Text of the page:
Unfreedom: Slavery and Dependence in Eighteenth-Century Boston
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- History; Library and Information Science; Scholarly Communication; Slavery--Massachusetts--Boston--History--18th century; Slaves--Massachusette--Boston--History--18th century; Indentured servants--Massachusetts--Boston--History--18th century; Boston (Mass.)--History--Colonial period, ca 1600-1776; Boston (Masss.)--Social conditions--18th century
lecture / presentation description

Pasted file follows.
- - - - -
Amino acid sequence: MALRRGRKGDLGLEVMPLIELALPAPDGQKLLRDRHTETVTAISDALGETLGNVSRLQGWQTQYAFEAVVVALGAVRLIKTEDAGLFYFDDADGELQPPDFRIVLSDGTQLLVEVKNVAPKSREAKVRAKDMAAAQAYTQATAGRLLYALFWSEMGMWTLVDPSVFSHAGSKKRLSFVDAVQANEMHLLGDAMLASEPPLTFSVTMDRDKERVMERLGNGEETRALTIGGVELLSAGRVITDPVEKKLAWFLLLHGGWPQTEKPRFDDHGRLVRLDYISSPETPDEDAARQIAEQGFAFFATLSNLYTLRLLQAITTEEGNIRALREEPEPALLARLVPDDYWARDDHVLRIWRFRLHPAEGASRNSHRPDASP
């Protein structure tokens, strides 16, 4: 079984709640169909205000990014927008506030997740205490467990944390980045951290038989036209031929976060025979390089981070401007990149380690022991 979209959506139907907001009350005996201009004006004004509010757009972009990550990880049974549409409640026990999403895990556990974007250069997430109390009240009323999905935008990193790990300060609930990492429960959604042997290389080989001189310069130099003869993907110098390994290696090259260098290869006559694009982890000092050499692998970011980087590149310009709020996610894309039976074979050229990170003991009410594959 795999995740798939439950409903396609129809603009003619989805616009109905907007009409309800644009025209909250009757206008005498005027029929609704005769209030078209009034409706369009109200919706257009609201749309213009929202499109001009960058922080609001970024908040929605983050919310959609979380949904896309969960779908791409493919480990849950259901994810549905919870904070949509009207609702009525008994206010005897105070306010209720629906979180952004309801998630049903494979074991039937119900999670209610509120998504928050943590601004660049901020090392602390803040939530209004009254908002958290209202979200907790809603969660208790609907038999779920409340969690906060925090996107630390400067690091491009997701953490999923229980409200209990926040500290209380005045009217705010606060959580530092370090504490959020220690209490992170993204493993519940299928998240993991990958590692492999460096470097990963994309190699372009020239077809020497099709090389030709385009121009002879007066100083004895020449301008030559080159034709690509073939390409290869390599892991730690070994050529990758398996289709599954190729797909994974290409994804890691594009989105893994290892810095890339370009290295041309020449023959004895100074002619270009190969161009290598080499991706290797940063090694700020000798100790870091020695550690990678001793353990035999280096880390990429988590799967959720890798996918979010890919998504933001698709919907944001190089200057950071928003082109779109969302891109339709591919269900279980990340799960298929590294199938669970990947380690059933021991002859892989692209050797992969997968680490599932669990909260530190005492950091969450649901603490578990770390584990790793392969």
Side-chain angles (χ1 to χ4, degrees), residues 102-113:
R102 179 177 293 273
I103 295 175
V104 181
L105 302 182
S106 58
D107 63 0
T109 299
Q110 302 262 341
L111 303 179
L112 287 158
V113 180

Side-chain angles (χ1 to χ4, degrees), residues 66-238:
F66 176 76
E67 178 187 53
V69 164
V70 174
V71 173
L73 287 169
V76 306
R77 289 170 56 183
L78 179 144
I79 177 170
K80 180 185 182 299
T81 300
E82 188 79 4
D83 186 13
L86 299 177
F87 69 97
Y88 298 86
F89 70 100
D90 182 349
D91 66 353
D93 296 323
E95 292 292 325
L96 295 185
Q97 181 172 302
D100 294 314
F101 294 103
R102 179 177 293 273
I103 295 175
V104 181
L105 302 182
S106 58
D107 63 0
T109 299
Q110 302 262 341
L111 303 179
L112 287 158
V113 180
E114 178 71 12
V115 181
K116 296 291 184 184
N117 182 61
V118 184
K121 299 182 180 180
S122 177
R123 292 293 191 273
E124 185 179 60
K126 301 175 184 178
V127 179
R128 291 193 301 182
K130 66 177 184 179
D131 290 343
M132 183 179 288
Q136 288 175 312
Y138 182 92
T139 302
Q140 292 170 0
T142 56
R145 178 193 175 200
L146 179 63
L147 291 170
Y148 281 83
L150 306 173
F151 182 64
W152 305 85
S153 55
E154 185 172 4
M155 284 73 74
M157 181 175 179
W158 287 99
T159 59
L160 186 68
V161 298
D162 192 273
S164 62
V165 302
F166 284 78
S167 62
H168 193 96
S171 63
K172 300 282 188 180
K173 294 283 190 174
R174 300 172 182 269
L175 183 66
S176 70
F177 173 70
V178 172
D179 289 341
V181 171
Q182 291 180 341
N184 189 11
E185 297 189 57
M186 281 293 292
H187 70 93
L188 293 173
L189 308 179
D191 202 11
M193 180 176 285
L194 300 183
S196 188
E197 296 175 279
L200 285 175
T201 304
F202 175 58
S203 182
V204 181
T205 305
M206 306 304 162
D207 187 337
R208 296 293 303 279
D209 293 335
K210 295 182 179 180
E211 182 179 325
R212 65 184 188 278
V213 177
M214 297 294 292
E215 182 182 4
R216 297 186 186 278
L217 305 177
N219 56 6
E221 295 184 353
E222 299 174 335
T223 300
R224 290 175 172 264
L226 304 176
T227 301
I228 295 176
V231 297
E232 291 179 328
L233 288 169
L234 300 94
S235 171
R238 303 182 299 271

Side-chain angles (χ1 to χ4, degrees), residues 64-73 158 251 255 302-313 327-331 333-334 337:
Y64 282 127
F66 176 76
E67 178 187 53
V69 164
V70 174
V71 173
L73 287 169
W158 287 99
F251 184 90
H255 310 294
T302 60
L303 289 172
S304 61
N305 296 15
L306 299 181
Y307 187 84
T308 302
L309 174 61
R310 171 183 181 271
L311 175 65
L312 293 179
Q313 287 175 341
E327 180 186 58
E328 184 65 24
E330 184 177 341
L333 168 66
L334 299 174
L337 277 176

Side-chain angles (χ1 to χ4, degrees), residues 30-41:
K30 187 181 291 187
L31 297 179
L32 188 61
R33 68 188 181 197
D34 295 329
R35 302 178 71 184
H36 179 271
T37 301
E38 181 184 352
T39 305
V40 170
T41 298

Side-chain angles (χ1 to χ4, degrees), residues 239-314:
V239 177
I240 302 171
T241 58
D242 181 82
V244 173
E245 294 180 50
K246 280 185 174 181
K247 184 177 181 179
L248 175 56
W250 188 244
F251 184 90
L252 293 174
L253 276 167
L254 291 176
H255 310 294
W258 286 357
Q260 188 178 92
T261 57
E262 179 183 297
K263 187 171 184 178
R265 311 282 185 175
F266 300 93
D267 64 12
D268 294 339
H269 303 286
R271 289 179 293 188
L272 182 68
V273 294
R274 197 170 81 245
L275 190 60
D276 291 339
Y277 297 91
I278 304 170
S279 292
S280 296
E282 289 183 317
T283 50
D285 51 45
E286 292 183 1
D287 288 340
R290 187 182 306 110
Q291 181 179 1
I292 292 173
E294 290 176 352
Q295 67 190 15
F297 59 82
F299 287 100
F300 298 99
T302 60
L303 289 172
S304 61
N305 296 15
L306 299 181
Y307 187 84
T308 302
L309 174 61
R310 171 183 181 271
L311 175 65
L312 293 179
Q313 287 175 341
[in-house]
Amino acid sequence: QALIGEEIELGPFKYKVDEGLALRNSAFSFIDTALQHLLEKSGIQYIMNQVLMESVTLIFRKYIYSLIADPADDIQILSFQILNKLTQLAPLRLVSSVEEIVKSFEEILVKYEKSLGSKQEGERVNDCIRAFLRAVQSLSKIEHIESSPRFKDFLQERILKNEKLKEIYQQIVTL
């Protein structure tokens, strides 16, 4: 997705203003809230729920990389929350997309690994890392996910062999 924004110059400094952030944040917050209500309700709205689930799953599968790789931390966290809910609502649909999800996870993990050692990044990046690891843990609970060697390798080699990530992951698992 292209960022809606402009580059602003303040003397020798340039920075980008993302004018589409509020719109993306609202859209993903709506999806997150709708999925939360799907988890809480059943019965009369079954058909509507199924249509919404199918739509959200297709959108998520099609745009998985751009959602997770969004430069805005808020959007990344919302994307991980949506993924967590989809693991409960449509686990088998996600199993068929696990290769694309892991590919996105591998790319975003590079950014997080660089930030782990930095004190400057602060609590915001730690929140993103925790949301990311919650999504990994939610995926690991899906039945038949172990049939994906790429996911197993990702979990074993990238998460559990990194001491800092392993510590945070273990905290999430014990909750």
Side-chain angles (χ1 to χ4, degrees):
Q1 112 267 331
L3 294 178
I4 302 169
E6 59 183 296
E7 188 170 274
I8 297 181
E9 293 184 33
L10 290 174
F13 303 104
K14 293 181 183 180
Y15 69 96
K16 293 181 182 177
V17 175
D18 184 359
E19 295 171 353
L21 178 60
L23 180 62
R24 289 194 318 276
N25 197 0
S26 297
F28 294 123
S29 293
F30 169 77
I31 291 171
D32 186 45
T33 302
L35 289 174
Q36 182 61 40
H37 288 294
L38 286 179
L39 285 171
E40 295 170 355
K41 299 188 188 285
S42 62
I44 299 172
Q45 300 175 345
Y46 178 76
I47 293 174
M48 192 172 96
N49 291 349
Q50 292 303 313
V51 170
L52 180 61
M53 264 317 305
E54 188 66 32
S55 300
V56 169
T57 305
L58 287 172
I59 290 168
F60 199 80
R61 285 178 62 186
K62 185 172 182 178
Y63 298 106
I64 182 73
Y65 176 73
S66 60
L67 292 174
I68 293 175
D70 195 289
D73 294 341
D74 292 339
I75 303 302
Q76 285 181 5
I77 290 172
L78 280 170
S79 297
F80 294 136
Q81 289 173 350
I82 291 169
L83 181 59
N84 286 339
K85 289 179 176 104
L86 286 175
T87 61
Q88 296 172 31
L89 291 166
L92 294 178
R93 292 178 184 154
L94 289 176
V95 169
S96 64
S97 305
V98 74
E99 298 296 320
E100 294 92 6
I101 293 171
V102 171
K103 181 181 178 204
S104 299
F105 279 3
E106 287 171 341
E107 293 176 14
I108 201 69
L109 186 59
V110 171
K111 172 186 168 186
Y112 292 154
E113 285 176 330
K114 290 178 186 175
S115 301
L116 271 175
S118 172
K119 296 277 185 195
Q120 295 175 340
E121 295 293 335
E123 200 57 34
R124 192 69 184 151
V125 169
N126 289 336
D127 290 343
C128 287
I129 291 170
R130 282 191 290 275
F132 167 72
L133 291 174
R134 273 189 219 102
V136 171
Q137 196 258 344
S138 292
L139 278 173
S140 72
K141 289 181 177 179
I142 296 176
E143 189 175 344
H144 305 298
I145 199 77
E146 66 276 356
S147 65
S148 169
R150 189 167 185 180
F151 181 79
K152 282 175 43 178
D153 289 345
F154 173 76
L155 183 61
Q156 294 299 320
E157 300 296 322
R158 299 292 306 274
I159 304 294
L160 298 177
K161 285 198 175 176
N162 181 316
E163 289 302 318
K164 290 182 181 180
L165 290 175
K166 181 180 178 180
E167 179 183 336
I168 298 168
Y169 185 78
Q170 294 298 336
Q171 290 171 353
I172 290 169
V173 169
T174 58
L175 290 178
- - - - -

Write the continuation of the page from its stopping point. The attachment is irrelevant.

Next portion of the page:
Western Washington University Associate Professor of History Jared Ross Hardesty discussed his recent book, Unfreedom: Slavery and Dependence in Eighteenth-Century Boston, (New York: NYU Press, 2016) on Wednesday, November 1, 2017 from 4:00 p.m. to 5:30 p.m. in the Western Libraries Reading Room (Wilson Library 4th Floor Central). Hardesty’s talk explored the lives and worlds of enslaved Bostonians in the eighteenth century, reconstructing a world of "unfreedom" that stretched from Europe to Africa to America. Boston’s slaves lived in this place that was characterized by many different forms of dependence and oppression, including Indian slavery, indentured servitude, and apprenticeship. By reassessing the lives of Boston’s slave population as part of a social order structured by ties of dependence, Hardesty not only demonstrates how African slaves were able to decode their new homeland and shape the terms of their enslavement, but also tells the story of how marginalized peoples ingrained themselves in the very fabric of colonial American society. Hardesty is Associate Professor of History at Western Washington University, where he is a scholar of colonial America, the Atlantic world, and the histories of labor and slavery. His articles and book reviews have appeared in Early American Studies, Slavery & Abolition, The Journal of Early American History, The William and Mary Quarterly, The New England Quarterly, Itinerario, and Common-place. Beyond his publications, Hardesty’s work has been recognized with grants and fellowships, and he is currently working on a monograph exploring the intersection of labor and empire in the early modern Atlantic world.